#WearOrange to Do Something About America's Gun Violence Crisis | Opinion

My husband Scott was incredibly intelligent and always quick to crack a joke. He loved to travel and was an avid outdoorsman who enjoyed hiking and fishing. He was a loving father to his two daughters.

The year before he died, Scott began to struggle with crippling anxiety and depression. He attempted suicide twice with alcohol and pills. Both times he was hospitalized, but after the second attempt he started to act like his old self and I thought we were out of danger.

Scott took his life with a gun in 2009, just days before our younger daughter's eighth birthday.

He kept a handgun for protection. I never felt comfortable having a gun in our house, especially with our two children present, but he insisted it was necessary to protect our family. He also occasionally went target shooting in the woods.

After his first suicide attempt, I took the gun and locked it away. But after he recovered from the second attempt, he convinced me to give him back the gun, claiming it would help him feel "normal" again. So I did, and never gave it much thought after that. I didn't even know where he kept it.

On September 25, 2009, I was having lunch with a friend when the phone rang. Scott told me he was going to kill himself and then he hung up. I got home as quickly as I could and ran into the house.

Unable to find him in the neighborhood, I called the police. They had me call Scott and were able to trace the signal and locate him. The officers surrounded his car and tried to talk to him, but in that moment, he pulled the trigger and ended his life.

Unlike Scott's first two attempts, this one was completed because he had access to a gun. I've learned that access to a gun during a period of crisis is often the difference between life and death—approximately 90 percent of people who attempt suicide with a gun will die.

In contrast, more than 90 percent of those who attempt suicide by other means will live, and are unlikely to attempt suicide again. This is mainly because guns are more lethal than any other method of self-harm.

Scott left behind two beautiful daughters, who were seven and 13 years old at the time of his death. For the past eight years, I have worked to make our family whole, and to bring some joy and normalcy to my daughters' lives. The pain never goes away and I constantly worry about how this will affect them in the long term.

Until a couple of years ago, I never considered myself a survivor of gun violence. But over the years, I started to learn more about the relationship between mental health issues and our lax gun laws—and how it leaves so many families like mine grieving a loved one who might be alive if it weren't for easy access to a gun.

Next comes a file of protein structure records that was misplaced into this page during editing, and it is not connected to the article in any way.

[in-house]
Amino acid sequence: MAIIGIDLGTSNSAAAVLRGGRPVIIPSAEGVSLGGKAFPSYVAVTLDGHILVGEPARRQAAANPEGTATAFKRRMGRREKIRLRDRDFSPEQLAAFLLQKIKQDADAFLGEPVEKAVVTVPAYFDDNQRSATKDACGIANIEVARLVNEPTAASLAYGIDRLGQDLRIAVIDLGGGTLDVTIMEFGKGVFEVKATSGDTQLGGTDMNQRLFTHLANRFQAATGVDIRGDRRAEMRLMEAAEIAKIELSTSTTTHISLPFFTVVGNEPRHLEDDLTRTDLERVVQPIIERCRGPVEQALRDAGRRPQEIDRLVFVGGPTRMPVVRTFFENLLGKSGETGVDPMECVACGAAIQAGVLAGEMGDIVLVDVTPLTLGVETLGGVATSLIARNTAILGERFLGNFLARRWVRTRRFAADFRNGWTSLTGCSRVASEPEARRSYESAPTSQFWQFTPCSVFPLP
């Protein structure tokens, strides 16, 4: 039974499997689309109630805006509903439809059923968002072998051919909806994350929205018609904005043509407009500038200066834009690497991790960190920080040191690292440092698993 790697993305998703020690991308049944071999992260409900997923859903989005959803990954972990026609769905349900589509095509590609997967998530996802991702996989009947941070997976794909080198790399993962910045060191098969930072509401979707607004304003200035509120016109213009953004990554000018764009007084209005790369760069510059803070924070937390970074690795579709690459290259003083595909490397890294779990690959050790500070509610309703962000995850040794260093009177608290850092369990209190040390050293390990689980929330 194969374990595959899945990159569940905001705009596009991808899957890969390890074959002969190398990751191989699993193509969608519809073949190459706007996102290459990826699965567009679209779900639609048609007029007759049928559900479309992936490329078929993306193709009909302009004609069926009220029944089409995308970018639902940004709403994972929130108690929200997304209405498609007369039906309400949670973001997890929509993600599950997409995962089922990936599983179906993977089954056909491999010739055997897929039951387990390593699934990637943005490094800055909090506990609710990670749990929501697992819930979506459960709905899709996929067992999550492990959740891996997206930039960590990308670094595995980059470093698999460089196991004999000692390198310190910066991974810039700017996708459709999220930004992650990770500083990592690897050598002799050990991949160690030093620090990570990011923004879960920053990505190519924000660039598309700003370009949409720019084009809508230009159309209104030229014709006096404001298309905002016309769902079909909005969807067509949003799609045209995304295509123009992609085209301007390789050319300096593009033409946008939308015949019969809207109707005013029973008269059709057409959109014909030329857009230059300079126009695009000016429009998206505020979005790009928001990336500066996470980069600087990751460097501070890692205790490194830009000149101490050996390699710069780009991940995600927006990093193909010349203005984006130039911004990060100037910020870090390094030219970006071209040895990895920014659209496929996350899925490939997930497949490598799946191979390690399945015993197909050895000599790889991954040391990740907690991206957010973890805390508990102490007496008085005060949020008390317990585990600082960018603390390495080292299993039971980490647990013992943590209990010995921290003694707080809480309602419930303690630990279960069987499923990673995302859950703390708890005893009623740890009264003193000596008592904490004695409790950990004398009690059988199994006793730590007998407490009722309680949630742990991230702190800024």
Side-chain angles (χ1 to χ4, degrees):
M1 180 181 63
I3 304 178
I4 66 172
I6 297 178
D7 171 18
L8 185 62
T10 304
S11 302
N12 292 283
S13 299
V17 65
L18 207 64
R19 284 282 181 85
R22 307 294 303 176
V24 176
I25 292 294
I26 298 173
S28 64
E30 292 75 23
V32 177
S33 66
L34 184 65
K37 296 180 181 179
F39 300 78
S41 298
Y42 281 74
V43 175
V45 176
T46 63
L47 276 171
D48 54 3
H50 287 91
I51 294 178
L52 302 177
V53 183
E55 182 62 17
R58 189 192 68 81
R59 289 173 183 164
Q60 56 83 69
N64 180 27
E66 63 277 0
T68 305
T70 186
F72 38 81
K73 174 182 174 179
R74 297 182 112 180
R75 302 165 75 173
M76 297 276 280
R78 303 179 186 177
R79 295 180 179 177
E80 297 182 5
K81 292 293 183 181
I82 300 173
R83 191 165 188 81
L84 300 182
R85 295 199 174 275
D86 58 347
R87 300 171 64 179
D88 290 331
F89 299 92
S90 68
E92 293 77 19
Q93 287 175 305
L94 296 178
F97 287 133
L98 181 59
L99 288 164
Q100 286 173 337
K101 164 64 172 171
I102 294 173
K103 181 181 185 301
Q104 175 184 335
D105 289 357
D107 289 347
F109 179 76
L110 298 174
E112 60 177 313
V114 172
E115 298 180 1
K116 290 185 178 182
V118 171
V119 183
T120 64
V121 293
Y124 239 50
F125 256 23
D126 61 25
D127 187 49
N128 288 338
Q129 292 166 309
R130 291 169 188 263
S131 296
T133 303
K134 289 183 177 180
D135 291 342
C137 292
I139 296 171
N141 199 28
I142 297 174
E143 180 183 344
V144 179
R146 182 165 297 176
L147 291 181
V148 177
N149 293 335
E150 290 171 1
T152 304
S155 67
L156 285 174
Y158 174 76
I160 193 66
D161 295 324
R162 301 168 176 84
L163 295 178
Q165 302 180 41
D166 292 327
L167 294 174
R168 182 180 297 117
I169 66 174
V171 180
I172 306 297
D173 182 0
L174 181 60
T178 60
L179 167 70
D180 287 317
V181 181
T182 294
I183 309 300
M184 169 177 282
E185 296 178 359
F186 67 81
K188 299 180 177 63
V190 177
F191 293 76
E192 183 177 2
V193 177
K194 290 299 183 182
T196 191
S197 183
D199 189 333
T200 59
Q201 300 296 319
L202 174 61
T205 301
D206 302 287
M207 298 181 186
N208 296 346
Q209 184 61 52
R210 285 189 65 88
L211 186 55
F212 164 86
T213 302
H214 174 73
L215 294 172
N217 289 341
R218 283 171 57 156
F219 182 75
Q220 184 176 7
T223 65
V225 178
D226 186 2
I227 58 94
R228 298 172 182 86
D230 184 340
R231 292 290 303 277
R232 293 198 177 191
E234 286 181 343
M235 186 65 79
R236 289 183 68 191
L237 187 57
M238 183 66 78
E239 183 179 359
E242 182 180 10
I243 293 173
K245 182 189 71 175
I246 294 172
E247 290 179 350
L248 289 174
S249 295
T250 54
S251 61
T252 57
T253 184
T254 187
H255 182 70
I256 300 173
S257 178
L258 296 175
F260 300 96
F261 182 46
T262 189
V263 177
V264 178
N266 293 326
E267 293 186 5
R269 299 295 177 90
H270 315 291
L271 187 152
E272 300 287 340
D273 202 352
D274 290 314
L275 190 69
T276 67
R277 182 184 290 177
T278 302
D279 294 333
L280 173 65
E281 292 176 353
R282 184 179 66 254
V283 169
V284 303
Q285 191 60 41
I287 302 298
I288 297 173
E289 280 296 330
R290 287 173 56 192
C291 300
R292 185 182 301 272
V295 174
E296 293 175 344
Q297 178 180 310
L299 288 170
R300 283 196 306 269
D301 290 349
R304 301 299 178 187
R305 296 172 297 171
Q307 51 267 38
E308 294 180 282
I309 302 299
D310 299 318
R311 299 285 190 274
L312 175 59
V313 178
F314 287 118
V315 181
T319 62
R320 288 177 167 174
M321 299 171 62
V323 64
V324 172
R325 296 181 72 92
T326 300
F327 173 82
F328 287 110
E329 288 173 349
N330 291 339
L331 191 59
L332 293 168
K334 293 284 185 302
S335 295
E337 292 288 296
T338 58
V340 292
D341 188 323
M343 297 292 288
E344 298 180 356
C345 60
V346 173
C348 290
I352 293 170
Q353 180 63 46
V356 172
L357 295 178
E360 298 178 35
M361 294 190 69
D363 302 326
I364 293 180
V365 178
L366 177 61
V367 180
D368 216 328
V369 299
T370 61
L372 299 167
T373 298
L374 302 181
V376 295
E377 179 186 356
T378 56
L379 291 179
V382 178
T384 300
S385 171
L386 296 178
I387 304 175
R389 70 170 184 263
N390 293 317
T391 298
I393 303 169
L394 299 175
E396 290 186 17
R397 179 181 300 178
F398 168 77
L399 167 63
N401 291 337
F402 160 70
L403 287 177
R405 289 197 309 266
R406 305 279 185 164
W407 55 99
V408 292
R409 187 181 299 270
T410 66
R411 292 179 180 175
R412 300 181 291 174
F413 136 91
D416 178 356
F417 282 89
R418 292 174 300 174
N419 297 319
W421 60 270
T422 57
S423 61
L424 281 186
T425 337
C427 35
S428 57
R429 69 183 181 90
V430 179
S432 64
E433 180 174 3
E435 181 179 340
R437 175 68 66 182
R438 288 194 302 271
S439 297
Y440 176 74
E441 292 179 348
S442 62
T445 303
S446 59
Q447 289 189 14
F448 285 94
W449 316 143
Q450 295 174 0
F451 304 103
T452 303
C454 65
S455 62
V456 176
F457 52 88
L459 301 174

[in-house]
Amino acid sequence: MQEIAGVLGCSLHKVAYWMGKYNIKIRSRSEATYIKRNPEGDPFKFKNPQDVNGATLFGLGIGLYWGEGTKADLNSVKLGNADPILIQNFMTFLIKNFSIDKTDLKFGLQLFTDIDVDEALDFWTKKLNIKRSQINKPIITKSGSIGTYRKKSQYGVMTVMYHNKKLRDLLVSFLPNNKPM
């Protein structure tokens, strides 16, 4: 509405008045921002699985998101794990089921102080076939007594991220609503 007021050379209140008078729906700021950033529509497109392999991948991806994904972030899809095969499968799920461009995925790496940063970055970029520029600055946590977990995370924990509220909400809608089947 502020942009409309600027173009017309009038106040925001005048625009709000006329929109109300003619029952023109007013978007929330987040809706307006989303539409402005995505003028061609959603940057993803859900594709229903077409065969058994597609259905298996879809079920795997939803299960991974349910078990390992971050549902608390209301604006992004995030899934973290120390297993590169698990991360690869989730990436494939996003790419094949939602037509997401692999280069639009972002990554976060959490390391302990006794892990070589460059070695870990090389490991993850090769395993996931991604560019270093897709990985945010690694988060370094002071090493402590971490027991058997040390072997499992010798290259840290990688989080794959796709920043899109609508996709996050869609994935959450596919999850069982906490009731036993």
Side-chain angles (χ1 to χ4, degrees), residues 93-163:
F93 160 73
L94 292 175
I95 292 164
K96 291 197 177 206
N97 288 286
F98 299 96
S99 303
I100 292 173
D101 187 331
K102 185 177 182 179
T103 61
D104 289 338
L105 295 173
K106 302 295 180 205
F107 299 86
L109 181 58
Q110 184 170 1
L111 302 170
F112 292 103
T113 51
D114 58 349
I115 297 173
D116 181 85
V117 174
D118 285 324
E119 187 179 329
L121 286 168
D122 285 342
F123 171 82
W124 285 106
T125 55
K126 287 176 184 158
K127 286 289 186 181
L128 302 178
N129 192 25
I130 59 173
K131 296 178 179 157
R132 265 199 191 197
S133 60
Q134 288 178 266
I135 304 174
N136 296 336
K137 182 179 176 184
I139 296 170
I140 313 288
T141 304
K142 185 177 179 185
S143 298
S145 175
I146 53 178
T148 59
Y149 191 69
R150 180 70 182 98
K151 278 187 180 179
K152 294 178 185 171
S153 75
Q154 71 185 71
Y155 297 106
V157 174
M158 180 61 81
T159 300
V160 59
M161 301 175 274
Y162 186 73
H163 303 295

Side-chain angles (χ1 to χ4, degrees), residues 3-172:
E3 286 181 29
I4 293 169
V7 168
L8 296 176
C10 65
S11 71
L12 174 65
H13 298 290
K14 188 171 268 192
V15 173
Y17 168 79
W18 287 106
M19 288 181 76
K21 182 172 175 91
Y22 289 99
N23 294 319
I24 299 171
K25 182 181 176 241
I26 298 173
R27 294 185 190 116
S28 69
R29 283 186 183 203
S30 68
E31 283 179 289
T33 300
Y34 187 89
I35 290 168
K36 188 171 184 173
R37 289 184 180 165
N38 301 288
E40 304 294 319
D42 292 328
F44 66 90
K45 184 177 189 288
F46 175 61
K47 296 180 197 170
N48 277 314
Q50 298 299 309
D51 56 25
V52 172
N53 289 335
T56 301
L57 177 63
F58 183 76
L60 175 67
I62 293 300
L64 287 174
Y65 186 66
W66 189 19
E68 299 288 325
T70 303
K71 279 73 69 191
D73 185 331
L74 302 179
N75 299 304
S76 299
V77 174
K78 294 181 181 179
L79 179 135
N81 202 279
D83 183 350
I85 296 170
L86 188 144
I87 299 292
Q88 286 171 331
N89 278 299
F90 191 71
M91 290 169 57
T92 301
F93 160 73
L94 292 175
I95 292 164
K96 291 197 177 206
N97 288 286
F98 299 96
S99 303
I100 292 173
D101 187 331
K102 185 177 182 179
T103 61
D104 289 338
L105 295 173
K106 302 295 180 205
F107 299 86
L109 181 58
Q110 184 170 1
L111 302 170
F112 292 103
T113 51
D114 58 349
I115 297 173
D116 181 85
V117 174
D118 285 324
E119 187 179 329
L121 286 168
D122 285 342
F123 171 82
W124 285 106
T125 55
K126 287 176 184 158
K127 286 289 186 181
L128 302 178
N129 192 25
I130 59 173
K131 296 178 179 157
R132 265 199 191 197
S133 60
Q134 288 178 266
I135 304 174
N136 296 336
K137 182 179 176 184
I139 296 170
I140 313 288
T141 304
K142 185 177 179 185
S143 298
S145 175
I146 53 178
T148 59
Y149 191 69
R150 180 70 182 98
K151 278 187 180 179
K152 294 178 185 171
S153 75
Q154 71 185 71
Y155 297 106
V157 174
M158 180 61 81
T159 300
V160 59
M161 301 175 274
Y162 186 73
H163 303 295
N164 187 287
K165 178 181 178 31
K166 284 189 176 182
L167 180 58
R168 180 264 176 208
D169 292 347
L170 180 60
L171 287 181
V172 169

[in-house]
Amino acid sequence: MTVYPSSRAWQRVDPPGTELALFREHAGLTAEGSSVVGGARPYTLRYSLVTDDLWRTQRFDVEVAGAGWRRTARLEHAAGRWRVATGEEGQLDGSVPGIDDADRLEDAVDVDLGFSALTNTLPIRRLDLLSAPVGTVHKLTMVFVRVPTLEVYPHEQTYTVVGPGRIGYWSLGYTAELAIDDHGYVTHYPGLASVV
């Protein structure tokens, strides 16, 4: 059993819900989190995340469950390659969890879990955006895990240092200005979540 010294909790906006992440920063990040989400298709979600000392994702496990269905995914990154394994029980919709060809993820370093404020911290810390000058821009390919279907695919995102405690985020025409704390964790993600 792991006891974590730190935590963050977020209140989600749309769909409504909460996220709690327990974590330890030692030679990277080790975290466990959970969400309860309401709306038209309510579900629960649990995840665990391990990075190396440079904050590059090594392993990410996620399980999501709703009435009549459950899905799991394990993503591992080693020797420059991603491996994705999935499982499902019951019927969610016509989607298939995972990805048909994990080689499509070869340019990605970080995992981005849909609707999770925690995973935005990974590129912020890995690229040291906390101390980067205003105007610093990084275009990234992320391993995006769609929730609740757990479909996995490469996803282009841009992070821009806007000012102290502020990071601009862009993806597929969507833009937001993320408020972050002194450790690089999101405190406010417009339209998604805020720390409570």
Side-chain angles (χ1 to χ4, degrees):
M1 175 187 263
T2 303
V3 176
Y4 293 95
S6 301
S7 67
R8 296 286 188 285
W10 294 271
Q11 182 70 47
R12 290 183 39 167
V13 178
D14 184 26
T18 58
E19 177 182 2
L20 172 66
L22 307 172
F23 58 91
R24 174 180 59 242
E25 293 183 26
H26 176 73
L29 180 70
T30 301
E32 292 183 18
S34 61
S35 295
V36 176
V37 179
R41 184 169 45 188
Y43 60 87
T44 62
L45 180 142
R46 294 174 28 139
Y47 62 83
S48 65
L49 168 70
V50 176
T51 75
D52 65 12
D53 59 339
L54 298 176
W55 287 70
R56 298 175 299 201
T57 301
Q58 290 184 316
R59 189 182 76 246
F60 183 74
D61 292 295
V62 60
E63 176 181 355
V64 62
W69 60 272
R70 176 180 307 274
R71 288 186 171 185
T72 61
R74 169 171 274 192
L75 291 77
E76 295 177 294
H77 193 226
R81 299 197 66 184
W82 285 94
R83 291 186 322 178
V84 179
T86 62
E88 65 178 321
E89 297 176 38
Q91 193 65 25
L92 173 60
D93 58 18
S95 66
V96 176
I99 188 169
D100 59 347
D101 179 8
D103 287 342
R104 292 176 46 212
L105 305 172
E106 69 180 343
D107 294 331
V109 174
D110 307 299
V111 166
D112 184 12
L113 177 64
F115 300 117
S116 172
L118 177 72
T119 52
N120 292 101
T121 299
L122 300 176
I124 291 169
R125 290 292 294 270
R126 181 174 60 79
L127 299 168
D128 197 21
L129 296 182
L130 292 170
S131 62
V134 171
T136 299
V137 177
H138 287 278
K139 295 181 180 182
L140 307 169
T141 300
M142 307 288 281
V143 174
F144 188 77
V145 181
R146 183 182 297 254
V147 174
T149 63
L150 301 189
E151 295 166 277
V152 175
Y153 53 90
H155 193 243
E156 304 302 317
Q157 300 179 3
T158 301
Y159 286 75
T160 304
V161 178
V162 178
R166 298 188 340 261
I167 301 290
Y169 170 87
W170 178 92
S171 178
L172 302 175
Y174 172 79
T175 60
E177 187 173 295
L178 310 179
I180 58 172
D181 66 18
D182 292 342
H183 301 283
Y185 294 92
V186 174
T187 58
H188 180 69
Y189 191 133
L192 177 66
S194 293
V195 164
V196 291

I've also found a way to channel my heartbreak into action. I use my voice to educate others about the dangers of easy access to firearms and the importance of properly securing firearms. If I can prevent one other life from being taken by gun violence, then something positive has come from my heartbreak.

One of the more immediate ways you can support survivors of gun violence such as myself and promote gun safety is by participating in "Wear Orange" this weekend.

To honor the 96 Americans who are shot and killed every day and the hundreds more who are wounded, the Wear Orange campaign invites everyone who agrees we can do more to save American lives from gun violence to do one simple thing: #WearOrange—a color that symbolizes the value of human life—on June 1, 2018, National Gun Violence Awareness Day, and to attend local Wear Orange events on June 2nd and June 3rd.

Why Orange? Wear Orange and National Gun Violence Awareness Day were inspired by Project Orange Tree, an awareness campaign started by Nza-Ari Khepra and her friends to commemorate the life of their murdered friend, Hadiya Pendleton, and other victims of everyday gun violence.

Orange is the color that Hadiya Pendleton's friends wore in her honor after she was shot and killed in Chicago at the age of 15—just one week after performing at President Obama's second inaugural parade in 2013. The color orange has a long and proud history in the gun violence prevention movement, aside from being the color worn by Hadiya's loved ones, orange is also the color hunters wear, something I witnessed firsthand in my rural Pennsylvania community.

Coalition partners, artists, cultural influencers, city officials, mayors, law enforcement, faith leaders, survivors, teachers, moms and other advocates in cities all over the country from Marfa, Texas, to Philadelphia to Chicago, are coming together around the shared belief that we can create a future free from gun violence.

I will continue to fight for this future so that other children don't have their fathers taken by gun violence. I cannot stand by and let this become the reality for other families. Too many lives are at stake.

Jennifer Lugar is a member of the Everytown Survivor Network whose husband, Scott Spoor, died by gun suicide in Lutz, Florida, on September 25, 2009. Jennifer was elected to Borough Council in Jenkintown, Pennsylvania, in November 2017.

The views expressed in this article are the author's own.​​​